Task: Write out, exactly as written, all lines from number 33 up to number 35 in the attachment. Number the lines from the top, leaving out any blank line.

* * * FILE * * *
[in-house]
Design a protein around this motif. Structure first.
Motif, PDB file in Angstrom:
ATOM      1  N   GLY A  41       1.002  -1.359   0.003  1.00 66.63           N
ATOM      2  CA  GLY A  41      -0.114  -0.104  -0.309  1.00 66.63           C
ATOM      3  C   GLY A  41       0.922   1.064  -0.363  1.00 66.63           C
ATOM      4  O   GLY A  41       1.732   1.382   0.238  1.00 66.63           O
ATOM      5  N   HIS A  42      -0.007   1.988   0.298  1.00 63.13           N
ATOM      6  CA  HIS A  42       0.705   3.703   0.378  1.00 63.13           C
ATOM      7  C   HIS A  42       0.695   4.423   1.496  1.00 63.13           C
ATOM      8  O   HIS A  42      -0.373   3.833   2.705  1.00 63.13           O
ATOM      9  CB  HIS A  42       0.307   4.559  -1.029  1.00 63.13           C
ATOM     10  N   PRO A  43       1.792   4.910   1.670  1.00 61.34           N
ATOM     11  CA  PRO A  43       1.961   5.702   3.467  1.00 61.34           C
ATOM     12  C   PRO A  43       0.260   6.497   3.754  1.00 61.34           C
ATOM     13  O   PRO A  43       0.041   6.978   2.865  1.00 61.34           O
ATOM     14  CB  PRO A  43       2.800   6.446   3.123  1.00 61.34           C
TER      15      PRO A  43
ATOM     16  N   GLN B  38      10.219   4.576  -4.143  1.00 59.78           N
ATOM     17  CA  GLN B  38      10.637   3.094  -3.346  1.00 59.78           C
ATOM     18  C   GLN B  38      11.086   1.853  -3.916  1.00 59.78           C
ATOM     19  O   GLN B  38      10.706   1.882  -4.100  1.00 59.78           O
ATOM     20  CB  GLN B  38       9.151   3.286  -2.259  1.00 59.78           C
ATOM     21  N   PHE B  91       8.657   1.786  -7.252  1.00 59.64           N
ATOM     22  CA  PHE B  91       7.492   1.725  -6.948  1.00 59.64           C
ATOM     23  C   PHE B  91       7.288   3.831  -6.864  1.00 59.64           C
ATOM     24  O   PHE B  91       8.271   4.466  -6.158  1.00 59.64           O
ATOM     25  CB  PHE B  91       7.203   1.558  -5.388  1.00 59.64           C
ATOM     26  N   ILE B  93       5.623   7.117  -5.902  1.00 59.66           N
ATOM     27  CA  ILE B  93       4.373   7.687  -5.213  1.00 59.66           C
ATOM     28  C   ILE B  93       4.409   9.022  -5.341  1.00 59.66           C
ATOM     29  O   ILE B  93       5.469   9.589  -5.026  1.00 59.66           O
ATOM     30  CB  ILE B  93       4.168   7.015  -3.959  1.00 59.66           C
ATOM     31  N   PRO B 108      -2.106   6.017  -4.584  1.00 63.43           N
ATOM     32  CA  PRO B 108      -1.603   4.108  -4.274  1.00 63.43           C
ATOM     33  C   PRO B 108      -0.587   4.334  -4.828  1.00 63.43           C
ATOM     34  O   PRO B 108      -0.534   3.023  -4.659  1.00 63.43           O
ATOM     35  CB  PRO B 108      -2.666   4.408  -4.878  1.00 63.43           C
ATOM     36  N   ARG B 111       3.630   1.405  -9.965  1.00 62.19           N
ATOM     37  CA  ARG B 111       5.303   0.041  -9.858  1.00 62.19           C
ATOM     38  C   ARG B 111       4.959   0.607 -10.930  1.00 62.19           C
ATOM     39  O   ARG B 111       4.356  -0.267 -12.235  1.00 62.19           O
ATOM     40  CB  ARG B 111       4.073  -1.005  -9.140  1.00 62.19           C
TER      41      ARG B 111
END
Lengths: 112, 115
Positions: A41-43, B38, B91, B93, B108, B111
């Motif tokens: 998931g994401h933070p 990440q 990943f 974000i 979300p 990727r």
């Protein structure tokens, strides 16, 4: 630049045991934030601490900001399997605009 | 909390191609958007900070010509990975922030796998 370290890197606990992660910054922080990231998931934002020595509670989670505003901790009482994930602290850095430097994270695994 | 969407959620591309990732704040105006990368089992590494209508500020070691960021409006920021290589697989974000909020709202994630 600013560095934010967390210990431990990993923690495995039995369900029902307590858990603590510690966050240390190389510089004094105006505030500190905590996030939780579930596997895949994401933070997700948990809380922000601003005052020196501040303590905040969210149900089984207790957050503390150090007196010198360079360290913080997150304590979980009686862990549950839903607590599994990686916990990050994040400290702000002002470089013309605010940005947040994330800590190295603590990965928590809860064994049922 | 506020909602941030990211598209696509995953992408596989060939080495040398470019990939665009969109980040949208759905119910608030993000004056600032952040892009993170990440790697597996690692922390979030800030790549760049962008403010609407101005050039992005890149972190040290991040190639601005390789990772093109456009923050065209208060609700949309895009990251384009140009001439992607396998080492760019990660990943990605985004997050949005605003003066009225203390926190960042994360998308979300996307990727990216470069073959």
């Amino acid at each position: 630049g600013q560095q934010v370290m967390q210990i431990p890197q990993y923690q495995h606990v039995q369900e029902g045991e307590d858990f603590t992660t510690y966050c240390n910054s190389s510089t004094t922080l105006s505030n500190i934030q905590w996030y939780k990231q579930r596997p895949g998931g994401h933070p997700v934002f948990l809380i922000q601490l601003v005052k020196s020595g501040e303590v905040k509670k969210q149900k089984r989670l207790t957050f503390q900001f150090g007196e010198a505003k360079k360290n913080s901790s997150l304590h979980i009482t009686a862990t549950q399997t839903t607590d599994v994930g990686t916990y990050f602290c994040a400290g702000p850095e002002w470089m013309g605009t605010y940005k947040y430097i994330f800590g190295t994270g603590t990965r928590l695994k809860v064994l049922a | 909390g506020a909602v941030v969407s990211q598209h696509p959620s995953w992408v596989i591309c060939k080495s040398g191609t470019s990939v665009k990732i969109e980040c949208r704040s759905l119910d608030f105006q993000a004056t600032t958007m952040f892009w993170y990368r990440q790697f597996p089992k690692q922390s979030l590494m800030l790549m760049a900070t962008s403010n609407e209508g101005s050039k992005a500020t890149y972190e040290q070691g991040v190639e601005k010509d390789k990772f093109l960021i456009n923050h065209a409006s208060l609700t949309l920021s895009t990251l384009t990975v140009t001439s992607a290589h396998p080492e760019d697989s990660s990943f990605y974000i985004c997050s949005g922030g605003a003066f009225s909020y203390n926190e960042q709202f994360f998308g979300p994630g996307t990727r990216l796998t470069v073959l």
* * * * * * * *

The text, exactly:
ATOM     30  CB  ILE B  93       4.168   7.015  -3.959  1.00 59.66           C
ATOM     31  N   PRO B 108      -2.106   6.017  -4.584  1.00 63.43           N
ATOM     32  CA  PRO B 108      -1.603   4.108  -4.274  1.00 63.43           C